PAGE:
Here, we struggle with these same issues DAILY. And I have come to the realization that it is NOT ME. It is the situation I am currently struggling to survive in. Kids are kids. They get into things. They destroy things. Heck, they destroy each other sometimes. But this is NOT necessarily a reflection of our parenting. No, I am convinced that it is a necessary phase of development that they must go through. And I constantly remind myself that even the best behaved children must save it all up for when they're behind closed doors.

Oh, and for the record, reading this post made me feel better. Because I thought I was the only one who felt this way.

Mom Thumb said...

I'm not in the same trench, because my kids are grown, but I sure remember it. Please don't beat yourself up, you really ARE doing a good job. I know it seems like it, but your guidance is not lost on your children. On some level, they really do get it. Hugs to you.

Jennine said...

It kinda sounds to me like you want empathy more than advice and believe me, I have gone through the stages you are in right now. I'm not gonna tell you it gets harder. There is always challenge and joy in each milestone of parenting.

If you want to talk more, email me. I have some practical ideas based on experience.

Jennineofnine at yahoo dot com.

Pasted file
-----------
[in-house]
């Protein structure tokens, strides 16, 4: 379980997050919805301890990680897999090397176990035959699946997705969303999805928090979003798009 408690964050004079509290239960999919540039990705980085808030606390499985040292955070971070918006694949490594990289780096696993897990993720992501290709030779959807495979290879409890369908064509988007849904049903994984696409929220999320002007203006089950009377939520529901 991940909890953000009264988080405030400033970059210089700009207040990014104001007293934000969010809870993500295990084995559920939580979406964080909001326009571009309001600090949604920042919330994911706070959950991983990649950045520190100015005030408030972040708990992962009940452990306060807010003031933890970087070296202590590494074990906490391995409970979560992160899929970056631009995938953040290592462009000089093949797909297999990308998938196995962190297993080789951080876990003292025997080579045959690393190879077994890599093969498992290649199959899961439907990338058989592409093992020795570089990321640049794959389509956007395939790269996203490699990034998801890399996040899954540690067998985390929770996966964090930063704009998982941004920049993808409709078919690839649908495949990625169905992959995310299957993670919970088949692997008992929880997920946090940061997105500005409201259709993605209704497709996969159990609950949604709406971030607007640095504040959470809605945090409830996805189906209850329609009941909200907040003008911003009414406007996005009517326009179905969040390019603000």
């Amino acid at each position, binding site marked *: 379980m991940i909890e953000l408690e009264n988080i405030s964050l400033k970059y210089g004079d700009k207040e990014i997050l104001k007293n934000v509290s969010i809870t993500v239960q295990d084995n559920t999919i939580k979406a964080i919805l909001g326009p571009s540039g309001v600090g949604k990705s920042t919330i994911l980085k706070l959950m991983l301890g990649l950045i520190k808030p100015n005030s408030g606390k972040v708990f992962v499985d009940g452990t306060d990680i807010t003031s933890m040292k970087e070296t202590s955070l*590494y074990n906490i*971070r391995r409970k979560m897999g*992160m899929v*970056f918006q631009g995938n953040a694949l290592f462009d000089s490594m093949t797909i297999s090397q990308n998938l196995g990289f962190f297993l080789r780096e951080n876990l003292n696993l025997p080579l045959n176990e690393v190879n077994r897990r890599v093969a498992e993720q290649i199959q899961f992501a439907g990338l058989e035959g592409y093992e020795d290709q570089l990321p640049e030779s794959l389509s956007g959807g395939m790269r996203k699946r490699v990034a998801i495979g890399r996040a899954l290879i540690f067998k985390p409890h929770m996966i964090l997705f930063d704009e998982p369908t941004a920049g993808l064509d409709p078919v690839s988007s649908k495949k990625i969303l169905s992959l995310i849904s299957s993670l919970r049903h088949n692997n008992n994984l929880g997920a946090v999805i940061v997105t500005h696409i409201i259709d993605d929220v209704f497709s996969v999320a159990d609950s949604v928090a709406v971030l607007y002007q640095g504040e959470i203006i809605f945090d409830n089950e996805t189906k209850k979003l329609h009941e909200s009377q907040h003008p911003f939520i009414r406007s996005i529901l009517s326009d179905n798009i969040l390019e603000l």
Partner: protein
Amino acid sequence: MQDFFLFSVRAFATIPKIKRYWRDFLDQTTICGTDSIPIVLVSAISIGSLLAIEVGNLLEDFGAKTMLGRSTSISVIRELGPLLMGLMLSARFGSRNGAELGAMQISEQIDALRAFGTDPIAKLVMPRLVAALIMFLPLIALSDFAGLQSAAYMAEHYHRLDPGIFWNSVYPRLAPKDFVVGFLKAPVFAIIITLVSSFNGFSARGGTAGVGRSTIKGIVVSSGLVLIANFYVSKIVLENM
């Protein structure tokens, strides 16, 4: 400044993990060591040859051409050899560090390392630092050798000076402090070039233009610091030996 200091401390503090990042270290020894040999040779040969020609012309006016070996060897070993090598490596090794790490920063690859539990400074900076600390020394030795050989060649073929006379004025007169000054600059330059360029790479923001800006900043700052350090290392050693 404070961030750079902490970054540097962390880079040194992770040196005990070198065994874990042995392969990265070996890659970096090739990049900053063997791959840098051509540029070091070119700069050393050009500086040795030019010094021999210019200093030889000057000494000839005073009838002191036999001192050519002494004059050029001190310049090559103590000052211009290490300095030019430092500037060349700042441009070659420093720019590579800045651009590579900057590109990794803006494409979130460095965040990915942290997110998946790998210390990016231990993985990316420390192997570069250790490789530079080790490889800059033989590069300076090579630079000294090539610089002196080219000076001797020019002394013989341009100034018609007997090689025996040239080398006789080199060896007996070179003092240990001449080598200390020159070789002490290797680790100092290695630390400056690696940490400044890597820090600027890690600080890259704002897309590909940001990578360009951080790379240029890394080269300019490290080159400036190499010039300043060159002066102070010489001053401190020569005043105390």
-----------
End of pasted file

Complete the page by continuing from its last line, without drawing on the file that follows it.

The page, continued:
Hang in there, kiddo. You're a good momma!

Jennine said...

Oh my gosh, Heather...if that sounded bit-chee, I'm soooo sorry!

I worded that poorly: "It kinda sounds to me like you want empathy more than advice...blah blah blah."

I was recalling your post when folding laundry tonight and I thought to myself "Did I use those words??" This is why I should stay away from the computer when I have PMS.

Anyway, I'm getting a cramp back peddling. I love you. Empathy, advice, whatever..I admire you for parenting with love and a sense of humor.

Forgive me.

Mrs. Chicken said...

Heather, you know I'm in the same spot! I sometimes think we overestimate how bad our kids behave. The Poo is a really good kid who has a few bad moments. Seems to me like you are in the same boat.

I think you are handling the situations you are presented with exactly right. The tantrum response sounds perfect, and M is old enough to have expectations to meet.

You are on the right track, from my POV. Keep on keepin' on. They grow, right? And you are a good, moral, functioning woman who does not hit and who says please and thank you. Ergo, your children will be the same.

Peace, friend.

Heather said...

Thanks everyone for the pep talks.

Jennine--no worries. I knew what you meant.